Gibson’s Generation Collection takes some of their most beloved acoustic models and gives them fresh, player-facing features, like the Player Port soundhole and flatter fretboard, at an accessible value. Staying true to their celebrated lineage while boldly innovating, the expert builders at the Gibson shop in Bozeman, Montana devised a line of guitars that offers familiar models—like the G-200 and G-45—with exciting acoustic and playability enhancements.
We spoke with Robi Johns, director of sales and marketing at Gibson, to get the scoop on what the refreshed Generation Collection is all about.
Tell us about how the new Generation Collection guitars came about.
Robi Johns: We discovered an old, original 1964 blueprint of a Gibson acoustic with a round shoulder body and a soundhole on the wide upper side. It was designed to allow the player to hear the “internal” sound of the instrument.
From this concept, our builders in our Bozeman, Montana shop began to experiment and found an optimal position for this extra soundhole. While the initial design put the soundhole on the wide upper side, we found that placing it on the narrower upper bout of the body resulted in a much more clear and powerful projection of the inner body sound—directly to the player’s ears.
How would you describe the Player Port experience, as compared to a traditional guitar?
Johns: We usually hear the sound of a guitar from its top and frontal soundhole, blended with extra color and qualities of the space the instrument is in. This includes reflections from the walls and other surfaces, in addition to any added amplification.
Pictured: Gibson Generation Collection G-00 Acoustic Guitar
The Gibson Player Port primarily enhances the sound heard by the instrument’s performer, as opposed to others in the room, creating a more personalized playing experience by its nature and design. There is a joy and a boost in one’s artistic confidence when you can more clearly hear each note, especially when on stage in a group performance situation.
While these models will surely appeal to players looking to buy their first Gibson, why would longtime Gibson players want one?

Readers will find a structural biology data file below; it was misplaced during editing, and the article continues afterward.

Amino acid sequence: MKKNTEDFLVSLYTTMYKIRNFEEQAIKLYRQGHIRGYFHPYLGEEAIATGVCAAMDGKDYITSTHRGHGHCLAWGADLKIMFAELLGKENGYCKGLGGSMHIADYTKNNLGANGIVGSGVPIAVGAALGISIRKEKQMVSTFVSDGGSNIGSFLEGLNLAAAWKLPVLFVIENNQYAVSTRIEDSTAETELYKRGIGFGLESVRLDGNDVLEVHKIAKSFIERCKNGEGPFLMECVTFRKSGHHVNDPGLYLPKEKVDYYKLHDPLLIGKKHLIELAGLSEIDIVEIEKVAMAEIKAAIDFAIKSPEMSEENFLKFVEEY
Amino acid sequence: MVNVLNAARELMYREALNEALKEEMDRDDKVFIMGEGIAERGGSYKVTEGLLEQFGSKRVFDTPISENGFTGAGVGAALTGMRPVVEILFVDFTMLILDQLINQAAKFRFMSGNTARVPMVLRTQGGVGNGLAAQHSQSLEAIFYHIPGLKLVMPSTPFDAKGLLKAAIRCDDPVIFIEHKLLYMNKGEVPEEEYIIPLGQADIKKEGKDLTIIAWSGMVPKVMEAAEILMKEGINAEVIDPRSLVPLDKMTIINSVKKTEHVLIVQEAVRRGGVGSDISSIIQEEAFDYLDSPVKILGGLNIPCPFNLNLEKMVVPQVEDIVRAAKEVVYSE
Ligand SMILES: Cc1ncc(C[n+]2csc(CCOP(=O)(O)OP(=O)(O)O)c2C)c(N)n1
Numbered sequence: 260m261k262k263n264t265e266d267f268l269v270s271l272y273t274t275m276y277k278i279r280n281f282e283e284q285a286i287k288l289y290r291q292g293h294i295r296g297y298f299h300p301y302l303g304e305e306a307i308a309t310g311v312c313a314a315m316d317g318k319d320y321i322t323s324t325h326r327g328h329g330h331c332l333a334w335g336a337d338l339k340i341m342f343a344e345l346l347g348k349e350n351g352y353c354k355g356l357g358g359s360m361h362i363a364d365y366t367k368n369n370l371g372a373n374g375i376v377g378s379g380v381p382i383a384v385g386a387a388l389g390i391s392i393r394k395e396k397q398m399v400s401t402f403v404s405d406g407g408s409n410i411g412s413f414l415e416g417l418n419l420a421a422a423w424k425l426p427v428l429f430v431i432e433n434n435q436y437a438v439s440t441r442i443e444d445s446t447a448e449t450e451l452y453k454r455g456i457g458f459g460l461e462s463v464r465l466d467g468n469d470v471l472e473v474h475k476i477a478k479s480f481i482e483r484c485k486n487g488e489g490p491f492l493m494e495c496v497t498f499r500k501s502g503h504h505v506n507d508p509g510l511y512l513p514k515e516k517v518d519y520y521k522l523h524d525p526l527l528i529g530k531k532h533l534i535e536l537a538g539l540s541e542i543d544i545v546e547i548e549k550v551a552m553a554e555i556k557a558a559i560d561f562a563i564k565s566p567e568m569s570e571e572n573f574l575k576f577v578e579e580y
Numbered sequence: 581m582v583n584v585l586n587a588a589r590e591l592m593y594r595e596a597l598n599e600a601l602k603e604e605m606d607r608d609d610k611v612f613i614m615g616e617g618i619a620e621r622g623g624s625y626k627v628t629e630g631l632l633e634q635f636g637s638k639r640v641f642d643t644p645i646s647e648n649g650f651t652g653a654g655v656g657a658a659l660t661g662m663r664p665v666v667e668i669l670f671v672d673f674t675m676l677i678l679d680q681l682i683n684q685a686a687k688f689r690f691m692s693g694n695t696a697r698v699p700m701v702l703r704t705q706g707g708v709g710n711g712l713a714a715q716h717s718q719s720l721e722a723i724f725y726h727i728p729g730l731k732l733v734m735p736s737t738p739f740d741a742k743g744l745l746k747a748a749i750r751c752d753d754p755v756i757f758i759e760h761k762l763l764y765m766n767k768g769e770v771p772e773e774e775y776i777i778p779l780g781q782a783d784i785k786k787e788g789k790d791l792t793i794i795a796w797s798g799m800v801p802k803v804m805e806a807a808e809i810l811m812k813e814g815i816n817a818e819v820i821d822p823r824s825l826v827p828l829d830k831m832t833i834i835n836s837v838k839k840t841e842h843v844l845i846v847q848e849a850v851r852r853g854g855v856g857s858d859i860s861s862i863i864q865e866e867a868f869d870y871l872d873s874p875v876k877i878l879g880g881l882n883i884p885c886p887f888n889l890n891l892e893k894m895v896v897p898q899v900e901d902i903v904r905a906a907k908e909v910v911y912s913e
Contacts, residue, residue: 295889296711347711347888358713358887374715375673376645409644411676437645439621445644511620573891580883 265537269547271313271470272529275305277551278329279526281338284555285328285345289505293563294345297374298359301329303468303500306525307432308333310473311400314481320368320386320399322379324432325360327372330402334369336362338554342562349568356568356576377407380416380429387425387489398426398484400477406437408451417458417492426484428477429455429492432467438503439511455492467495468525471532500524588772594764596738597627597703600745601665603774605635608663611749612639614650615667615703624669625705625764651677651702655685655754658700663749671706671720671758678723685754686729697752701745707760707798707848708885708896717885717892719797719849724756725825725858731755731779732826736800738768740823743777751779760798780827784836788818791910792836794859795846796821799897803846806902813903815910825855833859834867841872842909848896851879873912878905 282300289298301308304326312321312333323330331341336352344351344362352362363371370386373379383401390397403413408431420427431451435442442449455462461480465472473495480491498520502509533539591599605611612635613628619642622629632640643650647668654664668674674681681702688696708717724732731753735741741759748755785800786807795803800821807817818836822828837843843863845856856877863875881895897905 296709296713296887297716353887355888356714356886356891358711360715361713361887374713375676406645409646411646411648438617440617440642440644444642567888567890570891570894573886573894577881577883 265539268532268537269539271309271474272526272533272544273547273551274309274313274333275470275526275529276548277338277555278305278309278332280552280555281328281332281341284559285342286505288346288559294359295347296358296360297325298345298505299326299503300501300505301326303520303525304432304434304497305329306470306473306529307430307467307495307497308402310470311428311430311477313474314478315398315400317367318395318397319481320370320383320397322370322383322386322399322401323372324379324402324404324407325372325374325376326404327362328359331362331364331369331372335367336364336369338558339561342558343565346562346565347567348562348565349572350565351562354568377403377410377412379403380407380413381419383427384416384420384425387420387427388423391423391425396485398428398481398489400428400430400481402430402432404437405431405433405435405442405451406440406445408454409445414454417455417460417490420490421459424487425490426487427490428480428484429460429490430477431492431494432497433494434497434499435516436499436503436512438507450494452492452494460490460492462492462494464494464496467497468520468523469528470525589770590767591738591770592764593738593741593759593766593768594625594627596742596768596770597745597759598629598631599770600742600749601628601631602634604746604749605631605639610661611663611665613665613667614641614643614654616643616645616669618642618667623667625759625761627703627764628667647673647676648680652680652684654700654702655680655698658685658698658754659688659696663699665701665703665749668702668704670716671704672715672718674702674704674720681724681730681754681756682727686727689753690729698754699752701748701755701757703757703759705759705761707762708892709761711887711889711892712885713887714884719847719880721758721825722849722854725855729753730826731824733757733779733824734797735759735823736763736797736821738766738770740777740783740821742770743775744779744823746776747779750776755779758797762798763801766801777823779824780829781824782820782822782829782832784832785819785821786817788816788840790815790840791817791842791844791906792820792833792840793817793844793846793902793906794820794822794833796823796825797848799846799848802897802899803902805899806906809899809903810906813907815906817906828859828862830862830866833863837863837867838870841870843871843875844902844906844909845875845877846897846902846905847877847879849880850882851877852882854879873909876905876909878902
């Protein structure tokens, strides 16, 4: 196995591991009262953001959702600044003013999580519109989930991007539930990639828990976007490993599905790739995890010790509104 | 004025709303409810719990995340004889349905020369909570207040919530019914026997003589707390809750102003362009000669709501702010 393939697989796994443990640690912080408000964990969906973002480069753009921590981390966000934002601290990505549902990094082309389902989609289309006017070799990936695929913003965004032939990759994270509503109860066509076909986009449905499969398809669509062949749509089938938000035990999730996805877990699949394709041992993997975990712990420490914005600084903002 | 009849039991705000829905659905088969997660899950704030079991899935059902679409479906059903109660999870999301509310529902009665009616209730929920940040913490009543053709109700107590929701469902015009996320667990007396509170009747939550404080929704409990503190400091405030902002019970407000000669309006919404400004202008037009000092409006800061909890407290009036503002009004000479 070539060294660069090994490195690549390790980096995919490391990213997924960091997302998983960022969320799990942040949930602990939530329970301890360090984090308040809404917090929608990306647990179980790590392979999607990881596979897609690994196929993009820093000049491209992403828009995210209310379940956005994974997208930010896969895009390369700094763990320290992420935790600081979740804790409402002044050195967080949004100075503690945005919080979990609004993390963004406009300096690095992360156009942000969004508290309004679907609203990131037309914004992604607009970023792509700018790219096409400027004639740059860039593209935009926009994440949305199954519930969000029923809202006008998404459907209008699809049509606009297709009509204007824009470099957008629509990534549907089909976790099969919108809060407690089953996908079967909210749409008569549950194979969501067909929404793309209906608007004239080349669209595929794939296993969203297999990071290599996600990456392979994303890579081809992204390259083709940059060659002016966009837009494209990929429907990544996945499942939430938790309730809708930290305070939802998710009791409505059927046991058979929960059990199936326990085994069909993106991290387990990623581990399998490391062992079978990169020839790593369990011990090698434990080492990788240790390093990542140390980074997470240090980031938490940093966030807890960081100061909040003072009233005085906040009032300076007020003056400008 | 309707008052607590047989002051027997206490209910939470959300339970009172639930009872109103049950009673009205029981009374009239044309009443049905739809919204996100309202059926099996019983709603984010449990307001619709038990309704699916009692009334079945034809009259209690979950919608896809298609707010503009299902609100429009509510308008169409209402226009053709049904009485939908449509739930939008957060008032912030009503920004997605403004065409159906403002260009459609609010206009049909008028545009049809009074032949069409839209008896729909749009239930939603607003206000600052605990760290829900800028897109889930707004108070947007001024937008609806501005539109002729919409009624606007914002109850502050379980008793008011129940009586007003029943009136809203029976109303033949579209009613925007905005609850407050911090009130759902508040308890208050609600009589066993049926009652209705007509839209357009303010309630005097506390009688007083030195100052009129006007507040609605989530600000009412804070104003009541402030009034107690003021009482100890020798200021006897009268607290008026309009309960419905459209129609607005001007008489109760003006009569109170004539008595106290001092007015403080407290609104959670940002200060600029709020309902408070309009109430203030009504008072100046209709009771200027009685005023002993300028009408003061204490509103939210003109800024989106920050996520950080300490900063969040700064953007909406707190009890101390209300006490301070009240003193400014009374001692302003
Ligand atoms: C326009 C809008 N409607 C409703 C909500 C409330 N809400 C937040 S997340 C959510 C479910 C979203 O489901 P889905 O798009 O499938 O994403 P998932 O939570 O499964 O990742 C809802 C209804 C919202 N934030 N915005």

Johns: The necks of the Generation Collection models were designed to be as light as Gibson’s famous Les Paul electric guitar models. This, coupled with their flatter fingerboards, accommodate all playing styles, especially ones that must adapt to both electric and acoustic guitar styles fluently.
Pictured: Gibson Generation Collection G-Writer EC Acoustic-Electric Guitar
Can you speak a little bit about the tonewood choice of pairing spruce tops with walnut back and sides?
Johns: We first used this wood matching when we released the J-15 model back in 2014, and we’ve been very pleased with it. The walnut, in addition to its visual and tonal beauty, is also a highly desirable, sustainably farmed wood.
Having spent some time with these instruments, it’s clear that each of the four body shapes has a unique tonal character. As someone who’s been involved with these guitars from the beginning, how would you describe each model?
Johns: The round-shoulder G-45 offers a very warm and forward-projecting mid-range with a tight, punchy bass. The square-shouldered G-Writer has nicely balanced low-mids and highs, with a wide, expressive dynamic range. The Super Jumbo body of the G-200 projects a full and wide tonal range, with a large bottom end and crisp highs. Finally, the small body G-00 has a warm, “wood-like” focused tone, with smoothly rounded-off lows and high.
Pictured: Gibson Generation Collection G-200 Acoustic-Electric Guitar
The striped ebony on the fingerboard and bridge is quite striking. Can you speak a little bit about how you chose it?
Johns: It was uniquely beautiful and is a premium tonewood. Ebony offers a professional feel, long durability and a smooth texture—and the striped ebony was visually interesting and consistently available.
How does the legacy and tradition of building in your Bozeman factory, that incredible heritage, make it into the Generation Collection guitars?
Johns: Since we began building in the Gibson Montana shop, we’ve made it our legacy and tradition to build our acoustics with scalloped bracing, radiused tops, dovetail neck-to-body joints, handmade from solid woods, and a more “living” Nitro lacquer finish.
Absolutely all of those elements are in each Generation Collection model—no matter the price point.
Pictured: Gibson Generation Collection G-45 Acoustic Guitar
When designing new instruments for such an iconic brand, it must be quite a challenge finding the balance between modern and classic. How do you move forward while staying true to your roots?
Johns: This question really brings a smile to my face. If you look at a historic procession of Gibson instruments, they don’t look like a “conveyor line” of guitars. They very much look like evolving images, used to picture Darwin’s Theory of Evolution. We’ve always chosen to develop and innovate, based on the needs of the masses, each and every year since 1894.
So, it’s not really a “challenge.” It’s simply our mission and our goal.